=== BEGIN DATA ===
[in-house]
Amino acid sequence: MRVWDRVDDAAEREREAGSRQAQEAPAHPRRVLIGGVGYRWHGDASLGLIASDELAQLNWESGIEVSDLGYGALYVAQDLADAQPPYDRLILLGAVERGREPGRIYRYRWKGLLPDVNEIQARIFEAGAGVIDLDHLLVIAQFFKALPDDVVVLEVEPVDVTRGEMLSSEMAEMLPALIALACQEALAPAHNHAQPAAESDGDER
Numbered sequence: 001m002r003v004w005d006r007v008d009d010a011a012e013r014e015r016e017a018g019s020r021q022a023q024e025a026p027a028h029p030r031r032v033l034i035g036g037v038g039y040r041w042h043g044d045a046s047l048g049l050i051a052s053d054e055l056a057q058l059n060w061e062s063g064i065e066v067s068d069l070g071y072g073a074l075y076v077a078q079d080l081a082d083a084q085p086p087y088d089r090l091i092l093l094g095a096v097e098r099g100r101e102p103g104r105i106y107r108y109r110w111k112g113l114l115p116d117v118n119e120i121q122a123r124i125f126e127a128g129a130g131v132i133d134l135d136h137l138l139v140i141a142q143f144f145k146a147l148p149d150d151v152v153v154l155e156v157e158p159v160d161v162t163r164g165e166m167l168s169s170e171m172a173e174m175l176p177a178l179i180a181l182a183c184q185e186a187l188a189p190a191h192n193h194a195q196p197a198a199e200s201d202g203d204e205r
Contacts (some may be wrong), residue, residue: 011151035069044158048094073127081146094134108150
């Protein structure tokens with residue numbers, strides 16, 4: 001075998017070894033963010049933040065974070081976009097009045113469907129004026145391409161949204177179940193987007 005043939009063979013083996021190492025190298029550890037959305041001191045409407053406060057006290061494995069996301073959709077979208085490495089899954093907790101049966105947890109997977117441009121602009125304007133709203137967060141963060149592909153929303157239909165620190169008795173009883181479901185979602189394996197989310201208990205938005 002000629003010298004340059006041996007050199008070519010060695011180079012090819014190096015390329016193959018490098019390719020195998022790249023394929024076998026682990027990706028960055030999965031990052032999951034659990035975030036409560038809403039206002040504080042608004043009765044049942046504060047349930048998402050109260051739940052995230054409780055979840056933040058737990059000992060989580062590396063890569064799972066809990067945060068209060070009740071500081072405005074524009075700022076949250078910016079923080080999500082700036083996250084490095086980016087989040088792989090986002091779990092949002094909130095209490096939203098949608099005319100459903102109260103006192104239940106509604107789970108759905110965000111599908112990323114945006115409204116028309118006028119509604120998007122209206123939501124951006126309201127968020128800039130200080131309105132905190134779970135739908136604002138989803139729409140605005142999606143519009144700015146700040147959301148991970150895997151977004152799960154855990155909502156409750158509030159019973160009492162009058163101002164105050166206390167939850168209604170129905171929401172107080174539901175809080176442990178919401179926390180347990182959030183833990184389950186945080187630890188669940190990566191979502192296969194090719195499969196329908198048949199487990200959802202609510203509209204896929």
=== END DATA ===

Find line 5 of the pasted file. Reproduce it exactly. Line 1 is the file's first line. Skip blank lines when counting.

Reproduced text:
């Protein structure tokens with residue numbers, strides 16, 4: 001075998017070894033963010049933040065974070081976009097009045113469907129004026145391409161949204177179940193987007 005043939009063979013083996021190492025190298029550890037959305041001191045409407053406060057006290061494995069996301073959709077979208085490495089899954093907790101049966105947890109997977117441009121602009125304007133709203137967060141963060149592909153929303157239909165620190169008795173009883181479901185979602189394996197989310201208990205938005 002000629003010298004340059006041996007050199008070519010060695011180079012090819014190096015390329016193959018490098019390719020195998022790249023394929024076998026682990027990706028960055030999965031990052032999951034659990035975030036409560038809403039206002040504080042608004043009765044049942046504060047349930048998402050109260051739940052995230054409780055979840056933040058737990059000992060989580062590396063890569064799972066809990067945060068209060070009740071500081072405005074524009075700022076949250078910016079923080080999500082700036083996250084490095086980016087989040088792989090986002091779990092949002094909130095209490096939203098949608099005319100459903102109260103006192104239940106509604107789970108759905110965000111599908112990323114945006115409204116028309118006028119509604120998007122209206123939501124951006126309201127968020128800039130200080131309105132905190134779970135739908136604002138989803139729409140605005142999606143519009144700015146700040147959301148991970150895997151977004152799960154855990155909502156409750158509030159019973160009492162009058163101002164105050166206390167939850168209604170129905171929401172107080174539901175809080176442990178919401179926390180347990182959030183833990184389950186945080187630890188669940190990566191979502192296969194090719195499969196329908198048949199487990200959802202609510203509209204896929």